# Peaking Dynamics of the Production Cycle of a Nonrenewable Resource

^{1}

^{2}

^{3}

^{*}

## Abstract

**:**

## 1. Introduction

## 2. Methods

- The resource is defined as an initial fixed stock. In the case of crude oil, it is the ensemble of the extractable resources (“URR” (ultimate recoverable resources));
- The extraction and processing of the resource transform it into a stock called “capital” that aggregates all the economic entities created by the process. The flow from the resource stock to the capital stock is called “production”;
- The resource stock is depleted proportionally to the size of the capital stock;
- The capital stock grows in proportion to the amount of the remaining resources, and to the amount of available capital;
- The capital stock is depleted at a rate proportional to the size of the stock (“depreciation”).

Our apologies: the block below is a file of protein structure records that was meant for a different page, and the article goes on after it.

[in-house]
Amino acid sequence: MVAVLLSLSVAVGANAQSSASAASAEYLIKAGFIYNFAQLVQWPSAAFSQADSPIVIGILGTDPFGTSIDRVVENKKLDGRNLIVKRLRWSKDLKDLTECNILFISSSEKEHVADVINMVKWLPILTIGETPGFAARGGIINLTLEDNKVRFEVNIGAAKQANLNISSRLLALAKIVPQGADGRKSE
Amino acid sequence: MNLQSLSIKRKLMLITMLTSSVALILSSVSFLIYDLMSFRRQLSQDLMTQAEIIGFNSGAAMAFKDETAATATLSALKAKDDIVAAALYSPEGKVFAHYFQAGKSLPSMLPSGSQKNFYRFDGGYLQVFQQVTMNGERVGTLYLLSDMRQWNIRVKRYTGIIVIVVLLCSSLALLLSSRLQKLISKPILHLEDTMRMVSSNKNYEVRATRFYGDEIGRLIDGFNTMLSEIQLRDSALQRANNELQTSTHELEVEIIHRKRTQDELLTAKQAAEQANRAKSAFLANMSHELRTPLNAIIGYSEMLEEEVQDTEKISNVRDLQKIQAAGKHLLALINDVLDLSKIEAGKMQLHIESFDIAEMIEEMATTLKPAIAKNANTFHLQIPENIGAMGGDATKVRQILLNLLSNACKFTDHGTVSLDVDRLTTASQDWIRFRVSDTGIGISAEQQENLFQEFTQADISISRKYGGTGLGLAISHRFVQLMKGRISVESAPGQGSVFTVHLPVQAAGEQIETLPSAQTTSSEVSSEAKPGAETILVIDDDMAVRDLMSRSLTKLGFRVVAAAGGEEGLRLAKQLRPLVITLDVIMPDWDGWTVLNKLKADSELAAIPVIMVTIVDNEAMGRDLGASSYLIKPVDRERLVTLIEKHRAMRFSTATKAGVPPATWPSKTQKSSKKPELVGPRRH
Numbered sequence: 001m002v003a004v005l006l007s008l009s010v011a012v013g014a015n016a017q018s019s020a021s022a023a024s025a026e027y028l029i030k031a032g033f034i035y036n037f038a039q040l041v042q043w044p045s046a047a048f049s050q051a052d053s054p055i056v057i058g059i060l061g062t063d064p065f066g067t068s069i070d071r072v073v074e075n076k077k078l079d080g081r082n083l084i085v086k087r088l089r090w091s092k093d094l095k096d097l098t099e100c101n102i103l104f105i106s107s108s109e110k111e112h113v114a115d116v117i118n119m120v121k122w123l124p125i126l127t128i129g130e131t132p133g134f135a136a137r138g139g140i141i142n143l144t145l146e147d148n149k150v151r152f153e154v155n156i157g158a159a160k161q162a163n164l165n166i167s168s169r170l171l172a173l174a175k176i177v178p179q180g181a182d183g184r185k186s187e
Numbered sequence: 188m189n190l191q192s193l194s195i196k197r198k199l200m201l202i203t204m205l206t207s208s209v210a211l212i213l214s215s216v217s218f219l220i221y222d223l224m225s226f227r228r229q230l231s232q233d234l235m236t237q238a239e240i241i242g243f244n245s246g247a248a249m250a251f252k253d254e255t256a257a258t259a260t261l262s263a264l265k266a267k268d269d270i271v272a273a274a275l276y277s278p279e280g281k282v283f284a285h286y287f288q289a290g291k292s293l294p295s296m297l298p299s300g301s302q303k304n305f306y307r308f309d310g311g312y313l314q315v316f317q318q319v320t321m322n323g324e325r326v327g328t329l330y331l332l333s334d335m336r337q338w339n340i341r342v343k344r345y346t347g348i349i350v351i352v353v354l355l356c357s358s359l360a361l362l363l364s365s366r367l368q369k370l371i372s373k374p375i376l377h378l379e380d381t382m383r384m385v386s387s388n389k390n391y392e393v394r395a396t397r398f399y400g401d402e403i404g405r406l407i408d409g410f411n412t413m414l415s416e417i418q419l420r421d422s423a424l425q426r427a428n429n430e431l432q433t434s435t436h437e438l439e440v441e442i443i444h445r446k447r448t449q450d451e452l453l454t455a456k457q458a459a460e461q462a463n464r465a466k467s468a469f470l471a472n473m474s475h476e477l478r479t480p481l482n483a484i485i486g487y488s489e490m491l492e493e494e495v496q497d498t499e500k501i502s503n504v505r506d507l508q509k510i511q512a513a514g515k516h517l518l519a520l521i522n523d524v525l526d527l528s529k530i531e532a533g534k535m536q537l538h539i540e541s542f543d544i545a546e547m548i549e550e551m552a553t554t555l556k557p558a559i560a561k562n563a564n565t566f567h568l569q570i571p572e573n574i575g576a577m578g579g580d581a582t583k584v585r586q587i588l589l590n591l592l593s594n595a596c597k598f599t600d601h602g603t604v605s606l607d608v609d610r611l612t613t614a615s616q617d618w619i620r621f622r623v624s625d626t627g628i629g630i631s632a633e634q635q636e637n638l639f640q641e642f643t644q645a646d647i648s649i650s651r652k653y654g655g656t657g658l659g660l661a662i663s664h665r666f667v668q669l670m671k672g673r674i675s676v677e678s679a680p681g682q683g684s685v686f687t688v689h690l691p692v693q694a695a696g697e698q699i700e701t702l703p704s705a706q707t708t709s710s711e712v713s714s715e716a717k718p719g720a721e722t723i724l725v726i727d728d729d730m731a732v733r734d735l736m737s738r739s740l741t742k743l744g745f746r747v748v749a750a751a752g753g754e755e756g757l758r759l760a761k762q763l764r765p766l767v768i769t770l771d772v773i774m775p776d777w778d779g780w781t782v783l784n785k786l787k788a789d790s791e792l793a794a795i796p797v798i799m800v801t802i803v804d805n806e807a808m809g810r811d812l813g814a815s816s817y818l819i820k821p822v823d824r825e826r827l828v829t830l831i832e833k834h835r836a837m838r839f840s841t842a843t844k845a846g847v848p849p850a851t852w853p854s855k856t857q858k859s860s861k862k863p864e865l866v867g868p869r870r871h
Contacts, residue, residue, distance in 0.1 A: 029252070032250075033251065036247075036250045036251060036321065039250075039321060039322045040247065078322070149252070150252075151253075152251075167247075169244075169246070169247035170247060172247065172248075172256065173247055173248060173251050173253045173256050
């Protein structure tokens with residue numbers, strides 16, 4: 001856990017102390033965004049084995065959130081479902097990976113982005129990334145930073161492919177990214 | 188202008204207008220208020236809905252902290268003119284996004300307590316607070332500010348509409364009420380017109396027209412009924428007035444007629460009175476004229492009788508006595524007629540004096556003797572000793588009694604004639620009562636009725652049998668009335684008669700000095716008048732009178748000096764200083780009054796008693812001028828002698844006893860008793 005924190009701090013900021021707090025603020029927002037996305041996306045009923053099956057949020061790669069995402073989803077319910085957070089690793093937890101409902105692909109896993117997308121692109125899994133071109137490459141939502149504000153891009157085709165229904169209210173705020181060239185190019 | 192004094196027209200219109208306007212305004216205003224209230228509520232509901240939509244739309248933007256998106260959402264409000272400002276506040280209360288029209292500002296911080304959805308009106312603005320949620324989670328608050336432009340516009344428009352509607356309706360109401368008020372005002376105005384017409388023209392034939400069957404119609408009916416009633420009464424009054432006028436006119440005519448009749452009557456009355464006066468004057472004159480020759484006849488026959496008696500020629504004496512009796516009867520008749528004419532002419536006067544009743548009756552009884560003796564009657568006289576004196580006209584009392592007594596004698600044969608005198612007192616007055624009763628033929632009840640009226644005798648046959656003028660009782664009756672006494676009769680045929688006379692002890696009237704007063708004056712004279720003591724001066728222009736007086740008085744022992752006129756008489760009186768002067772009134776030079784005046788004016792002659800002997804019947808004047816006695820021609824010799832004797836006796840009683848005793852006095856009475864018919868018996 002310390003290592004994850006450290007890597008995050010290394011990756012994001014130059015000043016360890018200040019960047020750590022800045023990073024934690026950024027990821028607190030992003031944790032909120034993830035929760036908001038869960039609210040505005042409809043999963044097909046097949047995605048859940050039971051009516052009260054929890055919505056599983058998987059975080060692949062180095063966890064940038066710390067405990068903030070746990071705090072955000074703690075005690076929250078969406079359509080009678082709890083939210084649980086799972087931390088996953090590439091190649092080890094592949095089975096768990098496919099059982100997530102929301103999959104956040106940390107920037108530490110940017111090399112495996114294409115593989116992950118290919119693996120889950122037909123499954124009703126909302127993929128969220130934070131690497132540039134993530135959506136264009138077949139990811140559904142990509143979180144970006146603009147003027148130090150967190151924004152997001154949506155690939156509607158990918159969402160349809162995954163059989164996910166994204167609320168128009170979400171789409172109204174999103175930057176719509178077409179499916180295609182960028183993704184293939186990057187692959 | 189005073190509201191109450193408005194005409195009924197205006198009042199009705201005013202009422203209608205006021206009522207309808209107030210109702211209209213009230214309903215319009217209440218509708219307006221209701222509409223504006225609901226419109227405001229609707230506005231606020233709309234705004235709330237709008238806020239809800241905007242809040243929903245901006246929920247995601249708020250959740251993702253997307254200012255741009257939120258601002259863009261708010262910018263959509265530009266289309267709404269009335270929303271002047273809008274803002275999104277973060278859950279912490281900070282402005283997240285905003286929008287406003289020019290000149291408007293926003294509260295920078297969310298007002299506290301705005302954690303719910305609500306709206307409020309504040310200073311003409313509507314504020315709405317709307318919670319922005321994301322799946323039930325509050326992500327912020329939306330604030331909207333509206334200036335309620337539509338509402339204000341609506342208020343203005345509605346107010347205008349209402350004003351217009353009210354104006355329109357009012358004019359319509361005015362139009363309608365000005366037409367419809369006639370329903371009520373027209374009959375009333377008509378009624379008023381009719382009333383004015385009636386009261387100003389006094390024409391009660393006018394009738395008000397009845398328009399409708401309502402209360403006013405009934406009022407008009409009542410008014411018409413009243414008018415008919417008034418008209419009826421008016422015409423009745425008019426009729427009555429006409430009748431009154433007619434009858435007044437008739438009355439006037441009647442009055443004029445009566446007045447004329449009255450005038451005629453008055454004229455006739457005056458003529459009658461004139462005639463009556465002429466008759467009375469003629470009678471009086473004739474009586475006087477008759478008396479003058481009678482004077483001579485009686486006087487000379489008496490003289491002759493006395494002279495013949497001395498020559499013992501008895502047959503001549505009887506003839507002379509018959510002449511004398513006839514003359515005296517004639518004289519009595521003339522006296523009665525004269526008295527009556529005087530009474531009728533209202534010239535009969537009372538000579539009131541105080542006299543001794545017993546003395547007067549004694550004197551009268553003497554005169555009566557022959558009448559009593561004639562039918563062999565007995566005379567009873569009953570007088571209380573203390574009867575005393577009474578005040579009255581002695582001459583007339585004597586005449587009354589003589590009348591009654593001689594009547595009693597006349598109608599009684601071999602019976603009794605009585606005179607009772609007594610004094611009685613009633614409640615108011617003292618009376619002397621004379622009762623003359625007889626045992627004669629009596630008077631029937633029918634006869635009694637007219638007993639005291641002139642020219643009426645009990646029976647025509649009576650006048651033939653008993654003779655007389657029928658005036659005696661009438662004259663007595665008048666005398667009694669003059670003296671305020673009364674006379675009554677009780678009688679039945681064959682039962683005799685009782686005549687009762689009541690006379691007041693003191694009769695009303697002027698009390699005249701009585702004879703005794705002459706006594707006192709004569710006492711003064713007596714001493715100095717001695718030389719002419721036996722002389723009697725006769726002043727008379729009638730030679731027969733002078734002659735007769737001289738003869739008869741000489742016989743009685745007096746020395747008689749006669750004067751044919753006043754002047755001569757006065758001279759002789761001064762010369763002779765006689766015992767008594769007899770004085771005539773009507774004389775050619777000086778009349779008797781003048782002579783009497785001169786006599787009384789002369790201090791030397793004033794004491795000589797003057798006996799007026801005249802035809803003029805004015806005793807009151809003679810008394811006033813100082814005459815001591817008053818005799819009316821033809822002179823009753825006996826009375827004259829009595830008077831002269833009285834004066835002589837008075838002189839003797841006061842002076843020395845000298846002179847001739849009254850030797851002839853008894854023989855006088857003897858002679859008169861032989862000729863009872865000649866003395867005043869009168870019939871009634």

_{1}R − k

_{2}RC

_{2}RC − k

_{3}C

_{1}= 0, and the first equations (Equations (1)) of the system become as follows:

_{2}RC

_{2}RC) divided by the energy expended (“invested”) by the capital stock (that is, the flow out of the C stock (−k

_{3}C)). The result is as follows:

_{2}R/k

_{3}

_{c}= 1, with the “c” subscript referring to the capital peak.

_{p}. It can be approximately determined considering that the peak occurs when about half of the URR has been extracted. Hence, R

_{p}= ½R(0) and EROI

_{p}= ½ηk

_{2}R

_{p}/k

_{3}. Alternatively, the EROI

_{p}can be determined by setting to zero the second derivative of Equation (3) and combining the result with Equation (4). As discussed in [16], the result is that EROI

_{p}= k

_{2}C

_{p}/k

_{3}+ 1, where, again, the “p” subscript indicates the values of the variables at the production peak. Because all the factors in this expression are larger than zero, it follows that the EROI at the production peak is larger than one. This result tells us that the production peaks earlier than the capital accumulation. This is a behaviour that agrees with the historical data.